by Jenny Gibbons
Step #5: Hiring a Lawyer
After a Witch was accused, she had a right to hire a lawyer. Not that this was much consolation for Witches, mind you, since the majority of them were poor. But on some occasions the courts of the Inquisition would appoint a lawyer for people who couldn't afford to hire one. All of the court's evidence -- except for the names of the Witch's accusers -- was made available to both the lawyer and the Witch.
That was the theory. In practice, lawyers were as unpopular in the Burning Times as they are today. Many courts didn't think they served any useful purpose at all and forbade them. France, England, and Massachusetts all outlawed lawyers for a period of time. And a few countries which normally allowed lawyers, denied them to Witches. In Poland Bishop Czartoriski instructed the courts that they were not to allow Witches to have legal representation or to see the evidence that was presented against them.
Czartoriski, admittedly, was an extremist. Even the Malleus Maleficarum thought that Witches ought to get lawyers -- with a couple of reservations. First, the judge selected the lawyer. "An Advocate is not to be appointed at the desire of the accused, as if he may choose which Advocate he will have." Second the judge should explain to the lawyer that defending a heretic was heresy. If he thought that his client really was a Witch, he was required to drop her case or else he, too, could be excommunicated or tried as a Witch:
"It is not a valid argument for him to say to the Judge that he is not defending the error, but the person. . . For it is granted that he does not defend the error; for in that case he would be more damnably guilty than the witches themselves, and rather a heresiarch [leader of heretics] than a heretical wizard. Nevertheless if he unduly defends a person already suspect of heresy, he makes himself as it were a patron of that heresy, and lays himself under not only a light but a strong suspicion."
Henry Cornelius Agrippa, a 16th century mage, got himself into a lot of hot water by successfully defending a Witch. The inquisitor who lost the case was so furious he threatened to prosecute Agrippa instead.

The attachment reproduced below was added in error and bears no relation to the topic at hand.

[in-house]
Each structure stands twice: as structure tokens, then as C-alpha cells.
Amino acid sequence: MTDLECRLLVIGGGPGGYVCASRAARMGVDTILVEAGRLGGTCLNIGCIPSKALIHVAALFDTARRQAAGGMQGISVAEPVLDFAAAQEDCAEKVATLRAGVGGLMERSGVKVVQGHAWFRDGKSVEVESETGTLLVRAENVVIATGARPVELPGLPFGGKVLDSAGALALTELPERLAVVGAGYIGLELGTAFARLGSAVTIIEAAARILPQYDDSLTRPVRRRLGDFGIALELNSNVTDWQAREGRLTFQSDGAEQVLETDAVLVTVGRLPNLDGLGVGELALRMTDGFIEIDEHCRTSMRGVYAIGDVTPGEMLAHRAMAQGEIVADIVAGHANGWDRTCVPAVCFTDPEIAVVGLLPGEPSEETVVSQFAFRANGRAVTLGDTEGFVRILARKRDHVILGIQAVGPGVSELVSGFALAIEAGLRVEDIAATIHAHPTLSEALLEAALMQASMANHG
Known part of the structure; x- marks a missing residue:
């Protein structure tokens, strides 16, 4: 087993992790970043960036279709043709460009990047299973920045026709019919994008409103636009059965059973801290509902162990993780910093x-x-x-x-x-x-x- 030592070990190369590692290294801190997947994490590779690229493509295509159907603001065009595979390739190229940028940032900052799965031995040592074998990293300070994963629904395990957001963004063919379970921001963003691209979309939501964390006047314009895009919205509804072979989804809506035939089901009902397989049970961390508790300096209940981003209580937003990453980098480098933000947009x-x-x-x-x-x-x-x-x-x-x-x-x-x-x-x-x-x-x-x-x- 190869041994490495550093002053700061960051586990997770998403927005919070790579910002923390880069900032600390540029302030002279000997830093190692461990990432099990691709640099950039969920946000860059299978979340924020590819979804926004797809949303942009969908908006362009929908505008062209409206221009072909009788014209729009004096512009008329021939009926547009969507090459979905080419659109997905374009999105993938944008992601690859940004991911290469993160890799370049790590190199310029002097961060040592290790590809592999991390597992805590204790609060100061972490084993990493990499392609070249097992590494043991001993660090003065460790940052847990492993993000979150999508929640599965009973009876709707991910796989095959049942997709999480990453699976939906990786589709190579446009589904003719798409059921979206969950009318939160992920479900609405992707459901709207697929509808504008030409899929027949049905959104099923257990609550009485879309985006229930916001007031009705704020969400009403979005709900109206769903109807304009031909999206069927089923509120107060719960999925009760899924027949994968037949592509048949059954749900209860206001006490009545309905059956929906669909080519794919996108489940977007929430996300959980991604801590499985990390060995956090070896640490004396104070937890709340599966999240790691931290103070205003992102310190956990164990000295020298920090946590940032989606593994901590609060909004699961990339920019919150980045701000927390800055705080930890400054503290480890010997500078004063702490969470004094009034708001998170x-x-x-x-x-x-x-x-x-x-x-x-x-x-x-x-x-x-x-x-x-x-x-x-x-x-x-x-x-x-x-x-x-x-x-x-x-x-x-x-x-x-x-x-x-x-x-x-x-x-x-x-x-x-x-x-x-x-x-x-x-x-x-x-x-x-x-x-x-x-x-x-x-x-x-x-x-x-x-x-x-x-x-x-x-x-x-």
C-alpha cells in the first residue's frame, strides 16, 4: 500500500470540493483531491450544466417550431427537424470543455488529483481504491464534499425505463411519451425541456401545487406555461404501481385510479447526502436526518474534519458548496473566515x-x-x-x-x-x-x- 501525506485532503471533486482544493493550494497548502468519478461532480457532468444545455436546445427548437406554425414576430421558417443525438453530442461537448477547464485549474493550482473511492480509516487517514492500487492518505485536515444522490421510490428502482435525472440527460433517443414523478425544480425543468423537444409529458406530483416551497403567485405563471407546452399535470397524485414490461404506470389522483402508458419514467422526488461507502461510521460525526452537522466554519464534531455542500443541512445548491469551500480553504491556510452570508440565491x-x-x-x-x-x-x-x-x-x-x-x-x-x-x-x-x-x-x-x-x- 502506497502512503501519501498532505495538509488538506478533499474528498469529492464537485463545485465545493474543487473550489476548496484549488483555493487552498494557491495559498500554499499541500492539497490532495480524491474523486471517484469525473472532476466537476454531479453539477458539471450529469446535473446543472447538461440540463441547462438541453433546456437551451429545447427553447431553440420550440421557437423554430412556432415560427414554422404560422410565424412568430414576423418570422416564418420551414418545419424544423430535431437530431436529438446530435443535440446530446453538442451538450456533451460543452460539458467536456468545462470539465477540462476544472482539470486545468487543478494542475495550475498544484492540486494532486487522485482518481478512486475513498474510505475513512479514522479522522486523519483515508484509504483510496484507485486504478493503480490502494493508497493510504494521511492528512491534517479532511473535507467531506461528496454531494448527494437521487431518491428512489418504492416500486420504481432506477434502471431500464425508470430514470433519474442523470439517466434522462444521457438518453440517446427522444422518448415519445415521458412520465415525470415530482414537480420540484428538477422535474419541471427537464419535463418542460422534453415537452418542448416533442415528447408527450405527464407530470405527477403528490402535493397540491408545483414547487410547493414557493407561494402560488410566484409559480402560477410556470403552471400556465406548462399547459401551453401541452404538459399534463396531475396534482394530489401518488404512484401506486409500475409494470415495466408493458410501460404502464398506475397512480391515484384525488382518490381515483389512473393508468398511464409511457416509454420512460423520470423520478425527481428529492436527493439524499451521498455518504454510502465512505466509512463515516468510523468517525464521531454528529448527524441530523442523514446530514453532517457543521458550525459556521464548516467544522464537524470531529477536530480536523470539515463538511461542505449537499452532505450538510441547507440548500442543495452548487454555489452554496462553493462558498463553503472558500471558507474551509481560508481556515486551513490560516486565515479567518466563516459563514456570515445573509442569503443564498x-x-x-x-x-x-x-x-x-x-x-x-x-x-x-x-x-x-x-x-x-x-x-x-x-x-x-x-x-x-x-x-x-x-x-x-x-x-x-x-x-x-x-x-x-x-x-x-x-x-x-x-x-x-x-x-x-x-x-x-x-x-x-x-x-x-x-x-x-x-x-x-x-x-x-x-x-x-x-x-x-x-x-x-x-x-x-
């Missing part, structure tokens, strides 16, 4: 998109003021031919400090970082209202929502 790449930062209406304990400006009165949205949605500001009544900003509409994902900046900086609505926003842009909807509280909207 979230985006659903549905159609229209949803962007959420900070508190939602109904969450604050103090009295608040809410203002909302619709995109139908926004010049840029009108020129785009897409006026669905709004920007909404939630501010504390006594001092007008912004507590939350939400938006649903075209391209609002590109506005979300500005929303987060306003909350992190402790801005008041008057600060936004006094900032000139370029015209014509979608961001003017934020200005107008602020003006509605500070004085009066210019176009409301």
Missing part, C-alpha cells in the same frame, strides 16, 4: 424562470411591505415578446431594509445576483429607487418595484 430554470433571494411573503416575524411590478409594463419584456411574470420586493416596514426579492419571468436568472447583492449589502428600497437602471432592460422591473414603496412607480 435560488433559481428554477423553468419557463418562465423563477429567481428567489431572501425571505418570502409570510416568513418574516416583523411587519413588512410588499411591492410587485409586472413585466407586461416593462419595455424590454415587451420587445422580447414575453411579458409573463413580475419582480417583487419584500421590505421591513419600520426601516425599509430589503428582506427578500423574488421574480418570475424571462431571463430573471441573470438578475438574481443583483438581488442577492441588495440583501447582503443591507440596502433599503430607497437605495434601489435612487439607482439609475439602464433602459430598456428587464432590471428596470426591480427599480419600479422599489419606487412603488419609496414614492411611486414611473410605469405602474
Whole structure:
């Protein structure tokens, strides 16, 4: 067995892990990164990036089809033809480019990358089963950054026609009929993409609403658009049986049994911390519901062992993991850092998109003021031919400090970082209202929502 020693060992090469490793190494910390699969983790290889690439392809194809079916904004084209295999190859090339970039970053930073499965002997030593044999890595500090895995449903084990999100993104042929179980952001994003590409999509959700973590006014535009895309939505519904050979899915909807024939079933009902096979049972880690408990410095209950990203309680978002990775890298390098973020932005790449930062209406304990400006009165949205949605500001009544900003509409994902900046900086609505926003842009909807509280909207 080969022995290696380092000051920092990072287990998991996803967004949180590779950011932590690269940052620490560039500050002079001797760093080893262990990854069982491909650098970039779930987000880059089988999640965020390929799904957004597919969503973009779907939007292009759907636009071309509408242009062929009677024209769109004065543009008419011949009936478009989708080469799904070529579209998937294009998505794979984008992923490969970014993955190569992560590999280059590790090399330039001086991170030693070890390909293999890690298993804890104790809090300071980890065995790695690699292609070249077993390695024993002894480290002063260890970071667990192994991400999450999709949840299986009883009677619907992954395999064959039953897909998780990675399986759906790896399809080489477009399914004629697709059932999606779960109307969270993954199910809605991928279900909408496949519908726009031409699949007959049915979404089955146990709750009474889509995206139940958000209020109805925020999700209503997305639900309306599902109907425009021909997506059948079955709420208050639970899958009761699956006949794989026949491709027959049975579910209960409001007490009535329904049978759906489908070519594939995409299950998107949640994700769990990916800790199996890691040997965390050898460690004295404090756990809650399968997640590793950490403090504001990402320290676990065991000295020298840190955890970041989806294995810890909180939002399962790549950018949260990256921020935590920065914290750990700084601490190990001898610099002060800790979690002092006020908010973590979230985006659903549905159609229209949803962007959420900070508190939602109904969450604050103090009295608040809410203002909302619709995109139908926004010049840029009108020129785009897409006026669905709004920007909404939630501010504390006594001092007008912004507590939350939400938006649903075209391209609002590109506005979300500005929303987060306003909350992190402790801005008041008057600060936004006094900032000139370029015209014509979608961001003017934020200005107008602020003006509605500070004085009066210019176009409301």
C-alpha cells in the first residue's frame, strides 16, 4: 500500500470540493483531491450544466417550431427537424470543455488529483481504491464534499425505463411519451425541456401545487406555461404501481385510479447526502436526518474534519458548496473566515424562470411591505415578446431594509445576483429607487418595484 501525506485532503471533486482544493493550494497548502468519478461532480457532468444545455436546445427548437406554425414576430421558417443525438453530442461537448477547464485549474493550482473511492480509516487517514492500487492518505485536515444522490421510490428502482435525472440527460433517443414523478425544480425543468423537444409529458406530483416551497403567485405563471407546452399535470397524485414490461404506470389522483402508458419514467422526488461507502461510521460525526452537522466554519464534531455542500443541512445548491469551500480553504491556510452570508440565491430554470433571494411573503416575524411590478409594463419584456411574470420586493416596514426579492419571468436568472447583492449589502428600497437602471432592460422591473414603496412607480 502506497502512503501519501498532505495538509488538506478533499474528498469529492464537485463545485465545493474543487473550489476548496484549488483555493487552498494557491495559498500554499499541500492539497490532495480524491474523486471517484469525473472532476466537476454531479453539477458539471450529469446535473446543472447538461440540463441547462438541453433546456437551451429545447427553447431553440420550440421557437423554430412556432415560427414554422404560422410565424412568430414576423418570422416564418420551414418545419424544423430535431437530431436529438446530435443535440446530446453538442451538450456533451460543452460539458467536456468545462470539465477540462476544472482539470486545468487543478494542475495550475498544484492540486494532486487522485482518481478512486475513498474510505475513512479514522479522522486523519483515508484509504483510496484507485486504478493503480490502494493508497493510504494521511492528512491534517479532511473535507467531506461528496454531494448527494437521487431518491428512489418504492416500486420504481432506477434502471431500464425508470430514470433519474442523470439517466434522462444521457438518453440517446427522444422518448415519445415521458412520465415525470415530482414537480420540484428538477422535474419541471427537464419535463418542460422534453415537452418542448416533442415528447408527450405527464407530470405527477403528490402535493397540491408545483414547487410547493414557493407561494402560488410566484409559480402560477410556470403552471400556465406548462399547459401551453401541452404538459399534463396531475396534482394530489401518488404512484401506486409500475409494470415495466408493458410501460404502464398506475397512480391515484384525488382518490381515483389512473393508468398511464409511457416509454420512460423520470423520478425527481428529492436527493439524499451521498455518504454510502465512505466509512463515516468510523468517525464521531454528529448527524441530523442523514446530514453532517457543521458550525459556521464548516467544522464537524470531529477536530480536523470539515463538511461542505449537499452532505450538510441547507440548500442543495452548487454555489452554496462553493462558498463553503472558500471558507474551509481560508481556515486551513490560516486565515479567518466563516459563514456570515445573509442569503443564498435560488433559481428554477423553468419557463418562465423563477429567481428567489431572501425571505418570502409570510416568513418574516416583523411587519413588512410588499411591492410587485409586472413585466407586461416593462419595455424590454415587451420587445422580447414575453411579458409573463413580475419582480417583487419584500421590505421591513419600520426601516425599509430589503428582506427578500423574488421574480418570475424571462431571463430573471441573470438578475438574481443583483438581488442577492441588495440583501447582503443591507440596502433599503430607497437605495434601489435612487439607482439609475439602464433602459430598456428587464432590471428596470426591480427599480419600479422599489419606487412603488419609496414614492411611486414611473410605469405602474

The Malleus's third warning is that the judge should take care not to appoint a lawyer who would slow the trial down, for "such cases must be conducted in the simplest and most summary manner, without the arguments and contentions of advocates." That meant, the Malleus explained, that the lawyer must not use "prolixity or pretentious oratory," "legal quirks and quibbles," counter-accusations, "fallacious arguments or reasoning," or appeals. What was the lawyer supposed to do (other than collect his fee?) Basically, the Malleus thought that the purpose of a lawyer was to convince his client to confess and speed up the trial.
Finally if a lawyer disregarded all the judge's warnings and started making a pain of himself, the Malleus said he should be dismissed. "Much danger may arise from an improper conducting of the defense by an Advocate or Procurator. Therefore, when there is any objection to the Advocate, the Judge must dispense with him and proceed in accordance with the facts and the proofs."
I've said before that the Malleus is not a good guide to how Witch trials were really conducted. Well, this is one of those instances where you have to take it with a grain of salt. Even though the Malleus makes them sound quite useless, our trial records show that lawyers often were a great help. If they hadn't been helpful, the courts wouldn't have worked so hard to get rid of them!
When Norway allowed Witches to have legal representation, Witches could suddenly sue their captors if they were mishandled. Illegal forms of interrogation -- torture, swimming, forced examinations -- virtually disappeared after several Witches won large settlements for their mistreatment.
Moreover by publicizing the abuses common in Witch trials, these counter-suits helped put an end to the Burning Times in Norway. A timely lawsuit helped Andover, Massachusetts, escape Salem's fate. Andover was beginning to develop a core of possessed children, much like Salem. Fortunately, one of the first people they accused was a savvy Bostonian who immediately retaliated by issuing a "writ to arrest these accusers in one thousand pound action of defamation." Faced by such an enormous counter-suit, the Andover children quickly dropped their charges.